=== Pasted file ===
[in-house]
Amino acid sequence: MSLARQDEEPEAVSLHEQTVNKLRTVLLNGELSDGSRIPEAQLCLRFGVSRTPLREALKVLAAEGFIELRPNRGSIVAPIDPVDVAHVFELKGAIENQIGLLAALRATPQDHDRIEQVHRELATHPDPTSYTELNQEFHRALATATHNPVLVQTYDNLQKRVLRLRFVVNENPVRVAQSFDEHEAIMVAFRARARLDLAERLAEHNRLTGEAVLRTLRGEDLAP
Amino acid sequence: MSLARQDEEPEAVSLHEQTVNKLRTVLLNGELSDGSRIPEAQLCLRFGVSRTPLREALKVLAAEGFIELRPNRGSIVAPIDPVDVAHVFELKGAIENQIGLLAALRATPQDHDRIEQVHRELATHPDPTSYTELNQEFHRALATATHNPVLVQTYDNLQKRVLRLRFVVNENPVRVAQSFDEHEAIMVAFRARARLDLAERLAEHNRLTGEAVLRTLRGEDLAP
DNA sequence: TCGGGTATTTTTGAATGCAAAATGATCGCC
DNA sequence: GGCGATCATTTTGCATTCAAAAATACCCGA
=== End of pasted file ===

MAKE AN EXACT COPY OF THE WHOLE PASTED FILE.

[in-house]
Amino acid sequence: MSLARQDEEPEAVSLHEQTVNKLRTVLLNGELSDGSRIPEAQLCLRFGVSRTPLREALKVLAAEGFIELRPNRGSIVAPIDPVDVAHVFELKGAIENQIGLLAALRATPQDHDRIEQVHRELATHPDPTSYTELNQEFHRALATATHNPVLVQTYDNLQKRVLRLRFVVNENPVRVAQSFDEHEAIMVAFRARARLDLAERLAEHNRLTGEAVLRTLRGEDLAP
Amino acid sequence: MSLARQDEEPEAVSLHEQTVNKLRTVLLNGELSDGSRIPEAQLCLRFGVSRTPLREALKVLAAEGFIELRPNRGSIVAPIDPVDVAHVFELKGAIENQIGLLAALRATPQDHDRIEQVHRELATHPDPTSYTELNQEFHRALATATHNPVLVQTYDNLQKRVLRLRFVVNENPVRVAQSFDEHEAIMVAFRARARLDLAERLAEHNRLTGEAVLRTLRGEDLAP
DNA sequence: TCGGGTATTTTTGAATGCAAAATGATCGCC
DNA sequence: GGCGATCATTTTGCATTCAAAAATACCCGA